Q. You have been fighting the LTTE for a long time. Do you think they are now on their last legs?
A. I certainly want to see that happening, and I do think they are heading towards that. We have always been at loggerheads with the LTTE. Unlike the LTTE, we have been looking at things from a leftist point of view. In the past, we launched an armed struggle for a separate state. At that time had there been a progressive party in the south that had tied up with us, we could have fought for a solution within a united country. But at that time there were no such progressive forces that joined up with us. Even though there were small groups such as that led by Dayan Jayatilleke, in the south, they were not at that time, in a position to effect any change in the south. Then after the Indo-Lanka Peace Accord, we gave up the armed struggle and entered the democratic mainstream. The Tamil speaking people of this country do have a problem and nobody can deny that. We hold the view that the LTTE has to be destroyed. However, it has to be realised that the problems of the Tamil people and the LTTE are two different things. According to the information that we have been receiving, we believe the LTTE is facing destruction. The LTTE should be destroyed and that is what we stand for.
Q. In the east, the LTTE has already lost control. They have lost control over large swathes of the north as well, and you have been appointed to an interim committee for the north. An alternative Tamil leadership seems to be coming up. To what extent do you think this alternative Tamil leadership will be able to address the issues which led to the Tamils taking up arms?
A. Our party has for a long time, been advocating a solution for Tamil grievances in three stages. Recently, a high powered team from India toured Sri Lanka. When they asked me about the political process, I said we have already started on it. In the eastern province, we have already held an election and a provincial council has been formed and a chief minister appointed. Now it is up to the new leadership to achieve their goals. In the northern province, until elections are held, the president has appointed a special task force. So I have confidence in this process. We have to win political rights from the Lion and democratic rights from the Tiger! In parliament, the Tamil people's votes are necessary to form a government. Similarly, Tamil people's votes are absolutely necessary at a presidential election. So we can solve this problem through the democratic system. It is with this confidence that we gave up the armed struggle and entered the democratic mainstream after the Indo-Lanka Peace Accord. Before the ILPA, I thought the government was a chauvinistic government. But after the ILPA, things changed. The Tamil leadership however did not use the opportunities open properly.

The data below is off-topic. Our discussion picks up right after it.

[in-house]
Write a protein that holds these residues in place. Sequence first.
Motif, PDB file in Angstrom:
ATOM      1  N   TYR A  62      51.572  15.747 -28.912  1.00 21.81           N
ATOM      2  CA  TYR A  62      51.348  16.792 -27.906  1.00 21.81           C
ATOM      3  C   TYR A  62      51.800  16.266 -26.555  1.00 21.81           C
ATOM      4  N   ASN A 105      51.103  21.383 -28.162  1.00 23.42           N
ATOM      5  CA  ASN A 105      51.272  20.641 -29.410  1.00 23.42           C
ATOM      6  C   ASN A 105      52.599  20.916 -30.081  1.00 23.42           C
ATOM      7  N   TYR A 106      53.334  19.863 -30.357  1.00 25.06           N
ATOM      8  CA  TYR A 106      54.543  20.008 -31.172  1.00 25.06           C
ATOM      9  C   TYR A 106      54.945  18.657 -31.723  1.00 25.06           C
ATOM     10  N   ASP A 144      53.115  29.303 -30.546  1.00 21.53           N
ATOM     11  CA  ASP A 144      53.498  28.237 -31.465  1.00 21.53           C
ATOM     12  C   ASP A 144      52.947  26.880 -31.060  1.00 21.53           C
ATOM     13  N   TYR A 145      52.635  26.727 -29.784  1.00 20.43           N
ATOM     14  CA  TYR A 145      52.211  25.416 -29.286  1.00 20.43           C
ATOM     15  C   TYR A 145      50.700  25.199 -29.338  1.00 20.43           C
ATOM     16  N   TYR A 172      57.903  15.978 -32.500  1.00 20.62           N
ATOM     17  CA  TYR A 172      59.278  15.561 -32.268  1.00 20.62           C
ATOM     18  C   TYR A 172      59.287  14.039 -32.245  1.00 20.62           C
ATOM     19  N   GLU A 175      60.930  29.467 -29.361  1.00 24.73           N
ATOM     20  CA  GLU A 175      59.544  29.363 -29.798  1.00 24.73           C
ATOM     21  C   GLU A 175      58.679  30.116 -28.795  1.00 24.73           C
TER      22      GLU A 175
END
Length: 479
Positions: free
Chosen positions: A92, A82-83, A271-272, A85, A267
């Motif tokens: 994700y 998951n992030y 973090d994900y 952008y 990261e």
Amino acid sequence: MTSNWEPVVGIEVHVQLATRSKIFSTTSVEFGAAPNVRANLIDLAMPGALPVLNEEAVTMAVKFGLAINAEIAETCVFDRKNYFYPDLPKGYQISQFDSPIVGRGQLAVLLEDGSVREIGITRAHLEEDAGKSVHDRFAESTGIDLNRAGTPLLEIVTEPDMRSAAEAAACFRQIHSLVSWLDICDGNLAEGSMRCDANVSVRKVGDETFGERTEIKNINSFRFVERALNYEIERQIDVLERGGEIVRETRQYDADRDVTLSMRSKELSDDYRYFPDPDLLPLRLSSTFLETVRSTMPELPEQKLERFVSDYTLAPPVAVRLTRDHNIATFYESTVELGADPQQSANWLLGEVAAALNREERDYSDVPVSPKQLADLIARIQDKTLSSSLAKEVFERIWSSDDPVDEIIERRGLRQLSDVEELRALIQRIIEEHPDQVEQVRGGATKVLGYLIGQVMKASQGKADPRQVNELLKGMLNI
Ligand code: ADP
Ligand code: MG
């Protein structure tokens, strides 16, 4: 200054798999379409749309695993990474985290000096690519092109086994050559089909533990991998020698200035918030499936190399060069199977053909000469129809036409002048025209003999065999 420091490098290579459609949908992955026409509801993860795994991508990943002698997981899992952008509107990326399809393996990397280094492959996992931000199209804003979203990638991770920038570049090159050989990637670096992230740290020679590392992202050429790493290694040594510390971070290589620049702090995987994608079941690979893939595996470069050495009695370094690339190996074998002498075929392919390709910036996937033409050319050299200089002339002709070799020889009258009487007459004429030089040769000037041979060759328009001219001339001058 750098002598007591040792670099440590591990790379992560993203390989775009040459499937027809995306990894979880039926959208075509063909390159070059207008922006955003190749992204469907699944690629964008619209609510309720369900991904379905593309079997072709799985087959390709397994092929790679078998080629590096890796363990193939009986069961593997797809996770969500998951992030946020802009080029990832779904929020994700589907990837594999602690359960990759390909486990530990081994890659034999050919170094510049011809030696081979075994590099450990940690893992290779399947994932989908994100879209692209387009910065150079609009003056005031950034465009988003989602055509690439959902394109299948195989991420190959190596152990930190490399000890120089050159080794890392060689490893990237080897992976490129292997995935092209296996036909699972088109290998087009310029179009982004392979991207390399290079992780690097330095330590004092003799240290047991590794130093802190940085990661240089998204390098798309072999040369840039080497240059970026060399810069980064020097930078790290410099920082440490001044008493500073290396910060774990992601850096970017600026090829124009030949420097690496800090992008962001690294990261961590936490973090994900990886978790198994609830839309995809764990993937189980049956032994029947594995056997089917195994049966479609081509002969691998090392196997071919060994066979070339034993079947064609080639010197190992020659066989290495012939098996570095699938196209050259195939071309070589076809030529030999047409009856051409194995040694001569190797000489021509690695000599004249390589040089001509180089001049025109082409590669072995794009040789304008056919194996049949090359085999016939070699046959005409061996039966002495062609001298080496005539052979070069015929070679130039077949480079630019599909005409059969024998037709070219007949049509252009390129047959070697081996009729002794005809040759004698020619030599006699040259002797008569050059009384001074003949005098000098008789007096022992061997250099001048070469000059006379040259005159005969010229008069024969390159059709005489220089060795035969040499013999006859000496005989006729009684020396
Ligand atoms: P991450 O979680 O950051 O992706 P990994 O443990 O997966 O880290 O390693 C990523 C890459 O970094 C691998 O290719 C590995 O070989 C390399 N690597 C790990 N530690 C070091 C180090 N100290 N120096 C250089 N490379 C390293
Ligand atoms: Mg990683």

Q. Now that a provincial council has been appointed for the east, the question of sharing power between the central government and the provinces has once again come to the fore. As you yourself said earlier, the minority vote is essential to form governments or win presidential elections. This was the case even under the 1948 constitution. In 1960, the UNP won the election, but did not have a majority in parliament. So they tried to negotiate with the Federal Party but a deal did not materialize. In 1965, the UNP once again won an election, but this time there was an alliance with the FP. So why is this talk of provincial powers necessary? In practice power is already being shared at the national level.
A. Our stand is that based on need, powers should be shared at the national or provincial level. There is for example the language problem. It is because both the Sinhala and Tamil leadership acted in their narrow self interest that the language issue has become so acute today. The way I see it, the way to solve the language issue is for the Sinhalese to learn Tamil and the Tamils to learn Sinhala. Those days, Tamils people used to say that they can't learn an extra language. Today they are in a situation where they have to learn 15 or 20 languages. When I receive calls from Tamils in Norway, sometimes I can't understand what is being said because Norwegian is mixed with their Tamil. In a similar manner, in Germany, the Tamil is mixed with German, this is a recurring pattern in all European countries where Tamils now live. We have to establish a Sri Lankan identity. Normally when travelling overseas, I don't look at the Embarkation/Disembarkation card. But recently I was in India, and on the trip back, I looked at the disembarkation card and in the box for the nationality, the Tamil word used was one that asked for one's ethnic identity. I want to take this to cabinet. The word used should enable the respondent to write "Sri Lankan" instead of whether they are Tamil or Sinhalese.
Q. If you look back, many of those who were with you in the Tamil militant movement are no more. Only Balakumar the former leader of the EROS is left. What do you think of Balakumar and what happened to EROS?